purposes. At sight: A term indicating that a negotiable instrument is to be paid upon
presentation or demand.
Authority to Purchase. Authority to purchase is occasionally used in the Far East. It
specifies a bank where the exporter can draw a documentary draft on the importer’s bank.
The problem with this method is that if the importer fails to pay the draft, the bank has
“recourse” to the exporter for settlement. Therefore, before consenting to an authority to
purchase, the exporter may wish to specify “without recourse” and so state on drafts.
The major risk with the time, sight, and authority to purchase methods is that the buyer
can refuse to pay or to pick up the goods. The method of avoidance is to require cash or a
sight draft against documents. Unfortunately, banks are slow in transferring funds because
they want to use the time float (short-term investment of bank money) to earn interest. Using
a wire transfer can get around the delay.
Letter of Credit (L/C). Ideally an exporter deals only in cash, but in reality few
businesses are initially able or willing to operate under those terms. Because of the risk of
nonpayment due to insolvency, bankruptcy, or other severe deterioration, procedures and
documents have been developed to help ensure that foreign buyers honor their agreements.
The most common form of collection is payment against a letter of credit (L/C). The
L/C is the time-tested method whereby an importer’s bank guarantees payment to the
exporter if all documents are presented in exact conformity with the terms of the L/C. The
procedure is not difficult to understand, and most cities have bank personnel familiar with
the mechanics of L/Cs.
This method is well understood by traders around the world, is simple, and is as good as
your bank. Internationally the term documentary credit is synonymous with letter of credit.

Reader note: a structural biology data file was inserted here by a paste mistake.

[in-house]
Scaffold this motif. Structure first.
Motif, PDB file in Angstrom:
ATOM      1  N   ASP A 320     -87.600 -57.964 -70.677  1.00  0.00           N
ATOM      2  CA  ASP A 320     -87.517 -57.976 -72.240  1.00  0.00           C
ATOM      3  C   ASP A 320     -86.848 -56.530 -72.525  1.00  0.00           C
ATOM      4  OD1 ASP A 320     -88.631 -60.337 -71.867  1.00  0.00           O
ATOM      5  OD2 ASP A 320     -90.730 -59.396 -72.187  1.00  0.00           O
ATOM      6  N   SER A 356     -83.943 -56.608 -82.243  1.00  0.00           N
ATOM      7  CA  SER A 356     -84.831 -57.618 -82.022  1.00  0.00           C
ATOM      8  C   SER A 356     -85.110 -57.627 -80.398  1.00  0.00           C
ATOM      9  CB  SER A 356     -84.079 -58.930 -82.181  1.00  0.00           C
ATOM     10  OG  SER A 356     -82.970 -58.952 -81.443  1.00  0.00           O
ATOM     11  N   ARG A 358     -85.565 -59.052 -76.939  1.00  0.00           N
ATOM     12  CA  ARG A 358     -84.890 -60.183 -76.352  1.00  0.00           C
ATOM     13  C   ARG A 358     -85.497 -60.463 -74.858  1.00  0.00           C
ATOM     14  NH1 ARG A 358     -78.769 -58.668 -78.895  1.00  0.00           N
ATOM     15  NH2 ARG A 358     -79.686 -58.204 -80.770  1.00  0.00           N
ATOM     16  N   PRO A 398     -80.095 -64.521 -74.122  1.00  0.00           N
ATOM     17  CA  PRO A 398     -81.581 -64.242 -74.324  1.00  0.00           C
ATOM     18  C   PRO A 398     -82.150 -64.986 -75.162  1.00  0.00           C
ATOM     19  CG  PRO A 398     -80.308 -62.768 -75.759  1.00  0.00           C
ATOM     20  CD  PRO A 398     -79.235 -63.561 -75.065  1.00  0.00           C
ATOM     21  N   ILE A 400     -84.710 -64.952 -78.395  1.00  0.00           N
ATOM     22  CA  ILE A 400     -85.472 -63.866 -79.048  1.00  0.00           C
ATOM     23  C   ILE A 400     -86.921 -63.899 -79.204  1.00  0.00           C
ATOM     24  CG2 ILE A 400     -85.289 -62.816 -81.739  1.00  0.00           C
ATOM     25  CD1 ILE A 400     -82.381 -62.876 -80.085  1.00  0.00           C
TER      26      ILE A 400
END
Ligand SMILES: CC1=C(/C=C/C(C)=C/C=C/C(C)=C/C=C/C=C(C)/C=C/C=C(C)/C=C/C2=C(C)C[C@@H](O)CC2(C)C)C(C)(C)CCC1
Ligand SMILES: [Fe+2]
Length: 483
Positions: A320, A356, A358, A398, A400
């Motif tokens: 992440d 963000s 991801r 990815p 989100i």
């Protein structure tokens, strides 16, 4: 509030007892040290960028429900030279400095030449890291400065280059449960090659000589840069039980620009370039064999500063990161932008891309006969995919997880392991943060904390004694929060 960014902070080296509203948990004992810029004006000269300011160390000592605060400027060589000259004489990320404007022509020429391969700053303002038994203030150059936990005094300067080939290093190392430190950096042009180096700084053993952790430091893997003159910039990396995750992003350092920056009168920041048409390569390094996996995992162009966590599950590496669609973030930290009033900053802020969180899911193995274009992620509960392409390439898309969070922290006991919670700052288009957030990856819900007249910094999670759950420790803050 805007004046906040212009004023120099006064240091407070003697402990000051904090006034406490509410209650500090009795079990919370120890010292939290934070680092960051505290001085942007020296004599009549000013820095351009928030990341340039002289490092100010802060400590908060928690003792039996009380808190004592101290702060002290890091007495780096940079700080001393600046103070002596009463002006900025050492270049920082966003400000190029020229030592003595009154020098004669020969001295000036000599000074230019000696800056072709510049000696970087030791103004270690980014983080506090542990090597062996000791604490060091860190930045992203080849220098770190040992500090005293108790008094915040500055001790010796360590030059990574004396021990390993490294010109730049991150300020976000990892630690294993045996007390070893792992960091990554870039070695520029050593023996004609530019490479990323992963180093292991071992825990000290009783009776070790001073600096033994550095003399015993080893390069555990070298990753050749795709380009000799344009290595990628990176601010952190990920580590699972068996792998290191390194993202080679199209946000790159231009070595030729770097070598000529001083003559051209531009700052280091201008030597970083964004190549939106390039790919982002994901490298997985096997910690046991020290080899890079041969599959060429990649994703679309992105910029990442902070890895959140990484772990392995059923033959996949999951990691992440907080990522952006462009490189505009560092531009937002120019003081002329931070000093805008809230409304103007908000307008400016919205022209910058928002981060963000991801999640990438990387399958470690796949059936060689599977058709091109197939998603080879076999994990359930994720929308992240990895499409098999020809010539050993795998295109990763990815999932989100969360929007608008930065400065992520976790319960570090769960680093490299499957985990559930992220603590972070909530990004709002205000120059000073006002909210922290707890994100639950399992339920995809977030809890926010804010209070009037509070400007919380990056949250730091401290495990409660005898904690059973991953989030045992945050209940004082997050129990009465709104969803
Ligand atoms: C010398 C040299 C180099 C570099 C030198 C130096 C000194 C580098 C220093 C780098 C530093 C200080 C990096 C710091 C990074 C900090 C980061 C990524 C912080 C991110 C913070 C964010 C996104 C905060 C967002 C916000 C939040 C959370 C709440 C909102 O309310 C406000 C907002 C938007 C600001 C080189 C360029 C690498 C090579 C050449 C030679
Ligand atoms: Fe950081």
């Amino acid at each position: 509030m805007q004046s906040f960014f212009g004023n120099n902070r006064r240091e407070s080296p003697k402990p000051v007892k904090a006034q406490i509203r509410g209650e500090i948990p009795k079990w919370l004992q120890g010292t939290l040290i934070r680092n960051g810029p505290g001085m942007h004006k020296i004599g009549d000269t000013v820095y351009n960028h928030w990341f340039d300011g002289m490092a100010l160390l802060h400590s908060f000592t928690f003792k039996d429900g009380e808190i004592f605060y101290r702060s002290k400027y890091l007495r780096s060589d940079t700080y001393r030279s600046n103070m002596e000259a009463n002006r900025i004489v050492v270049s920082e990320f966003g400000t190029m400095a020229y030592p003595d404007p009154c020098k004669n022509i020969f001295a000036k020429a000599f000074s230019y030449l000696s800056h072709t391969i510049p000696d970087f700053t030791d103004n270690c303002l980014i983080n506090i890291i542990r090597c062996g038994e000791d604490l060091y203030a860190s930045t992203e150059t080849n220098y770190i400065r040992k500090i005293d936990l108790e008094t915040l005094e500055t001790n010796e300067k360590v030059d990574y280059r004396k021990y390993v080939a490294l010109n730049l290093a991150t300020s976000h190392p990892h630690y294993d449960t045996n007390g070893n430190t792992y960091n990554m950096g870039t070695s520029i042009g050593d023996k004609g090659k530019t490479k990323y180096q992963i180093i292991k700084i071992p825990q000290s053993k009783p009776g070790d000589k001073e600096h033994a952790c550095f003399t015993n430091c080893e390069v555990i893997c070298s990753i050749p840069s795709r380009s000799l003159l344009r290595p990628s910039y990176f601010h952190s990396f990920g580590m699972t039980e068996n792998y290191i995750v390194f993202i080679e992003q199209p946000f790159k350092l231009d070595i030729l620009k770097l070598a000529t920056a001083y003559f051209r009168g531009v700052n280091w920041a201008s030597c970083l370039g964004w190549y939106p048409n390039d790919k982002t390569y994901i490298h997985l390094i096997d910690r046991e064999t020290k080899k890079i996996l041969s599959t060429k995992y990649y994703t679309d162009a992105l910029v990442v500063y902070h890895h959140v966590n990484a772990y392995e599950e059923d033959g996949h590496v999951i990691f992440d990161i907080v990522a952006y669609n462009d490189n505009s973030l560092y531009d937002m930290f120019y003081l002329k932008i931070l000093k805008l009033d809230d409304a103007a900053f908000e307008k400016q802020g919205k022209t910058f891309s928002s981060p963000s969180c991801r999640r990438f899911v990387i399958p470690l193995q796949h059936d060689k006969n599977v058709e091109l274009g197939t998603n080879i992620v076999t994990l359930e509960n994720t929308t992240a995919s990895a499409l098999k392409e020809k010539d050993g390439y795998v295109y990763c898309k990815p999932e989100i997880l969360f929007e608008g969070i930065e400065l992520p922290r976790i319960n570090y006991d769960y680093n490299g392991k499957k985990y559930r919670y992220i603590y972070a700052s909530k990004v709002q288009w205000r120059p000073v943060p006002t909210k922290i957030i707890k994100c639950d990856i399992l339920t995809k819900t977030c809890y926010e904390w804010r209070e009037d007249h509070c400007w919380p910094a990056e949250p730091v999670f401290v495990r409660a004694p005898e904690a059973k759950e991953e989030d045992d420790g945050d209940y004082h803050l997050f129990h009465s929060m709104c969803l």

L/Cs involve thousands of transactions and billions of dollars every day in every part of the
world. They are almost always operated in accordance with the Uniform Customs and
Practice for Documentary Credits of the International Chamber of Commerce, a code of
practice that is recognized by banking communities in 156 countries. A Guide to
Documentary Operations, which includes all the standard forms, is available from: ICC
Publishing Corporation, Inc., 156 Fifth Avenue, Suite 302, New York, NY 10010; phone:
(212) 206-1150; fax (212) 633-6025; Web: www.iccbooks.com.
An L/C is a document issued by a bank at the importer’s or buyer’s request in favor of
the seller. It promises to pay a specified amount of money upon receipt by the bank of
certain documents within a specified time or at intervals corresponding with shipments of
goods. It is a universally used method of achieving a commercially acceptable compromise.
Think of a letter of credit as a loan against collateral wherein the funds are placed in an
escrow account. The amount in the account depends on the relationship between the buyer
and the buyer’s bank.
Standby LICs. Sometimes when dealing in an open account, the exporter requires a
standby L C. This means just what the name implies-the LC is executed only if payment is
not made within the specified period, usually 30 to 60 days. Bank handling charges for
standby letters of credit are usually higher than for commercial (import) L/Cs.
Typically, if you don’t already have an account, the bank will require 100 percent